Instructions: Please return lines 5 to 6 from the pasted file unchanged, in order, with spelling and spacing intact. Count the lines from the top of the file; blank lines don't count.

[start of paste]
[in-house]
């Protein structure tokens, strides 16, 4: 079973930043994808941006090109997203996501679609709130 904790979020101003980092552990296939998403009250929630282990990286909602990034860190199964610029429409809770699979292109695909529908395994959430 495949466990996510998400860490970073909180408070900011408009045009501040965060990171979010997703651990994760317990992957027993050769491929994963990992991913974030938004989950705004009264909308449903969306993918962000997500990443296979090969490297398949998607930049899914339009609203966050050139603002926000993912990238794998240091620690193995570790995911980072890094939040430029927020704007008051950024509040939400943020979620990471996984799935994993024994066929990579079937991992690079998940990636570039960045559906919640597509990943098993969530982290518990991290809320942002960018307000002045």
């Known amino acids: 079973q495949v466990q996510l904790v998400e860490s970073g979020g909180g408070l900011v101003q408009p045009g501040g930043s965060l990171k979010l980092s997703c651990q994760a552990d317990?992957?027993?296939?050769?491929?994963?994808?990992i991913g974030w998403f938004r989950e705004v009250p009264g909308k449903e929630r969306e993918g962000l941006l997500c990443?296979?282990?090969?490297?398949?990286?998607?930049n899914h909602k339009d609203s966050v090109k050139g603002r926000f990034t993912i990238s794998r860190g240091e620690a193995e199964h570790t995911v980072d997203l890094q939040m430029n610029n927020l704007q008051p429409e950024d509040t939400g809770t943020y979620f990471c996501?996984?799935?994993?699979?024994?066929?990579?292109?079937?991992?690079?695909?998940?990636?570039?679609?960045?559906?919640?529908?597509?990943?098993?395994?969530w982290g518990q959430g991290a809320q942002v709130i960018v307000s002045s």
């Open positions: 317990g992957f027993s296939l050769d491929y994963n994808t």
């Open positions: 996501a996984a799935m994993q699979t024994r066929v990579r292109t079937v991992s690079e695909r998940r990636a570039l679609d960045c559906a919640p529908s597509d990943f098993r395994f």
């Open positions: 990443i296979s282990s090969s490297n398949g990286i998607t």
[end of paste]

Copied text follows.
């Open positions: 996501a996984a799935m994993q699979t024994r066929v990579r292109t079937v991992s690079e695909r998940r990636a570039l679609d960045c559906a919640p529908s597509d990943f098993r395994f």
């Open positions: 990443i296979s282990s090969s490297n398949g990286i998607t």